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Encyclopedia > Viceroy of Peru

Created in 1542, the Viceroyalty of Peru (in Spanish, Virreinato del Perú) contained most of Spanish-ruled South America until the creation of the separate viceroyalties of New Granada (now Colombia, Ecuador, Panamá and Venezuela, the last-named previously in the Viceroyalty of New Spain) in 1717 and Río de la Plata (Argentina, Bolivia, Paraguay and Uruguay) in 1776. The Viceroyalty ended with the independence of the republics of Chile (1818) and Peru (1821).

During the 17th century the Viceroyalty contained six audiencias or provincial administrations: Panamá, Santa Fé de Bogotá (Colombia), Quito (Ecuador), Lima (Peru proper), Charcas (Bolivia, Paraguay, Argentina and Uruguay) and Chile.

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  Results from FactBites:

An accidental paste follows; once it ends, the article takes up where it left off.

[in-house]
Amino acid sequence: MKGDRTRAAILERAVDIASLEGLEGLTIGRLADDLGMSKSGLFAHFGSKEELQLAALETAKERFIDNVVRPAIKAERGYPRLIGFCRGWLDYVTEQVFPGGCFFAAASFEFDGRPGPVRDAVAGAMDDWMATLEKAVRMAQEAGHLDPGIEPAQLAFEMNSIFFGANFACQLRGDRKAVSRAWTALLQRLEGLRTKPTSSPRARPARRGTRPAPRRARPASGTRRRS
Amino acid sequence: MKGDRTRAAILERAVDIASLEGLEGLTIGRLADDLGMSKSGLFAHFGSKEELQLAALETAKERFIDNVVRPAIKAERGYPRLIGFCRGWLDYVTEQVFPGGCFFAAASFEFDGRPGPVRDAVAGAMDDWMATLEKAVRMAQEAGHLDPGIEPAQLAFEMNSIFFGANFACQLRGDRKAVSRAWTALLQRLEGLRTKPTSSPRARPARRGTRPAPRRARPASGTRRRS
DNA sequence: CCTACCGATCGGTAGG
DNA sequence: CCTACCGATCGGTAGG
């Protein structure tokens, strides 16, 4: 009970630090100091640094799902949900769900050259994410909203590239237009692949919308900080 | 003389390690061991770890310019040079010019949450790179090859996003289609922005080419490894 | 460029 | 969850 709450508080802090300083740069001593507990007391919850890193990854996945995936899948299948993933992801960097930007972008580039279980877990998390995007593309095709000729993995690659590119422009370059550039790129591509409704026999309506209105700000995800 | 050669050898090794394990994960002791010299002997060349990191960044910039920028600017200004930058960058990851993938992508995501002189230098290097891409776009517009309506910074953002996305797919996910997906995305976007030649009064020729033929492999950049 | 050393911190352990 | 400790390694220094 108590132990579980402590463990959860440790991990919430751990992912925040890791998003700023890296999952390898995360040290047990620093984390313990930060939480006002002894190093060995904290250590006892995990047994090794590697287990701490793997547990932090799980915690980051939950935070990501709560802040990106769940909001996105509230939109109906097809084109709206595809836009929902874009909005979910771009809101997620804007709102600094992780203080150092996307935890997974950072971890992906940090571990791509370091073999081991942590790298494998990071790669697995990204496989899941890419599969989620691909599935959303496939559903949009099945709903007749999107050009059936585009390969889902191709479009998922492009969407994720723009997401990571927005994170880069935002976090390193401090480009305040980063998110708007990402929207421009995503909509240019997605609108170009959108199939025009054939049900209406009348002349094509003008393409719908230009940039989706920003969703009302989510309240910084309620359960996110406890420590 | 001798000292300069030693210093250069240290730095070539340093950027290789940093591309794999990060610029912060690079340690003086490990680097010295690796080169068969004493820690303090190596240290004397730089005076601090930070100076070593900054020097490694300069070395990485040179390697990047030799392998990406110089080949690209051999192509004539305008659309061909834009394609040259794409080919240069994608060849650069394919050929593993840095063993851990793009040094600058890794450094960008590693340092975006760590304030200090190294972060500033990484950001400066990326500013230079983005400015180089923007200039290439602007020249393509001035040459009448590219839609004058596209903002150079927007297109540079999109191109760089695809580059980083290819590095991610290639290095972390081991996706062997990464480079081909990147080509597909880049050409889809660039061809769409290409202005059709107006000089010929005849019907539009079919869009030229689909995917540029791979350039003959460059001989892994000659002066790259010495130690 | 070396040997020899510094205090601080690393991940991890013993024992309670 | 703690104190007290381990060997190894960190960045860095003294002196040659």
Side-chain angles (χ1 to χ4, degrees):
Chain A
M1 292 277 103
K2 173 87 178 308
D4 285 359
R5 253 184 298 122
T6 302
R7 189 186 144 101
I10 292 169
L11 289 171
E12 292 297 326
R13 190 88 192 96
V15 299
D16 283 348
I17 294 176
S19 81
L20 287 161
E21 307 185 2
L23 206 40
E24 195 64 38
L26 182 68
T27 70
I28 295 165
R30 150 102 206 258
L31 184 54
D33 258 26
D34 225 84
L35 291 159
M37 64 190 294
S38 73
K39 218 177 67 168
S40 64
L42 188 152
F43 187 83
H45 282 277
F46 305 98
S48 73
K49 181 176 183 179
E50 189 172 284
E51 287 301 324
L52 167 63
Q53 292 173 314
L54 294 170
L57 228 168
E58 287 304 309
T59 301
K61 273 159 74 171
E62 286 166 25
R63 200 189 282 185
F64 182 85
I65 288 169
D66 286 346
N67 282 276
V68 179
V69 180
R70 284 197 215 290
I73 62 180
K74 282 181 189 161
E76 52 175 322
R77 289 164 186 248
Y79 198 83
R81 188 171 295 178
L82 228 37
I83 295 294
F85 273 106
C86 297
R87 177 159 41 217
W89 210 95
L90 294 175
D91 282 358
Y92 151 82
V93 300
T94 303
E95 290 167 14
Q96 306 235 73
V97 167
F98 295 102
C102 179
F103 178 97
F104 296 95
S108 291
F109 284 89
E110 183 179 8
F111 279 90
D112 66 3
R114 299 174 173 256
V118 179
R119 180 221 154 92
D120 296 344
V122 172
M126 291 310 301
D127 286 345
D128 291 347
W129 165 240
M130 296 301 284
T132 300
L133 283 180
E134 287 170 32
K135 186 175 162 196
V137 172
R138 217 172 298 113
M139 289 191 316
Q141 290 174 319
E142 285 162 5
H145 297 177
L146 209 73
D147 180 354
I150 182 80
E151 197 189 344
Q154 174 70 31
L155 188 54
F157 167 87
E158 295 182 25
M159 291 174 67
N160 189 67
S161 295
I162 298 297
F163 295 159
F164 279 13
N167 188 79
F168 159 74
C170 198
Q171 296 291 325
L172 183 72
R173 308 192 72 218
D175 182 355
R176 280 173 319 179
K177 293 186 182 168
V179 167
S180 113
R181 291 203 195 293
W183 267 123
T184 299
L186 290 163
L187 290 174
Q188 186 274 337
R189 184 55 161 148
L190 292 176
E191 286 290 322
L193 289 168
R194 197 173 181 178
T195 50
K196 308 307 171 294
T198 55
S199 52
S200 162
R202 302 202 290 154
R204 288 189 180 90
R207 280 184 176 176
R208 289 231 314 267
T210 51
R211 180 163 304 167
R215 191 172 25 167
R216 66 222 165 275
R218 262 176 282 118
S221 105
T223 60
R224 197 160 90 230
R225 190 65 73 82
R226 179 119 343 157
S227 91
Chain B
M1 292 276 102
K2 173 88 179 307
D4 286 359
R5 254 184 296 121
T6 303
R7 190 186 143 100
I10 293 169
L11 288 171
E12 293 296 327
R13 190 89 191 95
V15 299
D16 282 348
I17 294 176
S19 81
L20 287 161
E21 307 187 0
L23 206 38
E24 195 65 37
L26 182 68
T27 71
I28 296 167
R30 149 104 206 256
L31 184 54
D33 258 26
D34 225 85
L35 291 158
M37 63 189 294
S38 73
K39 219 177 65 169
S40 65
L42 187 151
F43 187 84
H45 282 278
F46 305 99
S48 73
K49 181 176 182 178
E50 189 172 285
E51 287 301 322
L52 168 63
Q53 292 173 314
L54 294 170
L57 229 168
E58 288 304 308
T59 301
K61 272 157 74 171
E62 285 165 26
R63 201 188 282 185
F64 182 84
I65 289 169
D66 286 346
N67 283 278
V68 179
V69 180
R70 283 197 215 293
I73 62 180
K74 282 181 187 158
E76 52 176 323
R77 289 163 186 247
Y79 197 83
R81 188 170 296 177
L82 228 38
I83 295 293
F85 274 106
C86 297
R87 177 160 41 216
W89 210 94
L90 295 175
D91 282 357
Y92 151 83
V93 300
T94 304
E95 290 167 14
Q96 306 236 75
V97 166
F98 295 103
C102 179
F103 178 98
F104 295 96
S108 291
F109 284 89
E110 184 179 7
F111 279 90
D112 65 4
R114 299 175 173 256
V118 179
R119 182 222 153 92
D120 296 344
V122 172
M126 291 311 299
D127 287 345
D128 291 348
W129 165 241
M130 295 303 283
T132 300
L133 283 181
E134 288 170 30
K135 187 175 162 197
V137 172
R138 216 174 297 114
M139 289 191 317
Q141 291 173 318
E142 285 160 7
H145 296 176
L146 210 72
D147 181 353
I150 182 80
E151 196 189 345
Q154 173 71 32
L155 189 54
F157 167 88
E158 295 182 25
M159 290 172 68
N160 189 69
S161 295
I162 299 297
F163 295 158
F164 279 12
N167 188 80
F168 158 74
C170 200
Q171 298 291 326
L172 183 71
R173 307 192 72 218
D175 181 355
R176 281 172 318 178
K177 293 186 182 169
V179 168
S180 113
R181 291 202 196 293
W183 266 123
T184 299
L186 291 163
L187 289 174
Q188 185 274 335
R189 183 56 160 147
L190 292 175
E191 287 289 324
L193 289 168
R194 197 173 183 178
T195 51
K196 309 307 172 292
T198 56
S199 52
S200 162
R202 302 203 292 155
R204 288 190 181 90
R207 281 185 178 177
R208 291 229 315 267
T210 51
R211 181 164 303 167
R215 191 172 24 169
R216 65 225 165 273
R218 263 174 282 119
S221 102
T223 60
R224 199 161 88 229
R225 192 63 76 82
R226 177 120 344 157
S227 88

1540-41. 2001. The Encyclopedia of World History (390 words)
First viceroy of Peru, Blasco Núñez de Vela, proclaimed the New Laws, with provision for eventual abolition of the encomiendas.
Antonio de Mendoza was named viceroy of Peru but died after a short period in office.
Viceroy Francisco de Toledo organized the administration of the viceroyalty.
Peru (country) - MSN Encarta (1101 words)
In 2006 the average life expectancy at birth in Peru was 72 years for women and 68 years for men; the infant mortality rate was 31 per 1,000 live births.
Conditions were favorable to conquest, for the empire was debilitated by a just-concluded civil war between the heirs to the Inca throne, Atahualpa and Huascar, each of whom was seeking to control the empire.
As a result, colonial Peru was a divided society, consisting of a small class that owned the land and controlled education, political, military, and religious power, and of a large, mostly indigenous class (about 90 percent of the total population) that remained landless, illiterate, and exploited.
  More results at FactBites »



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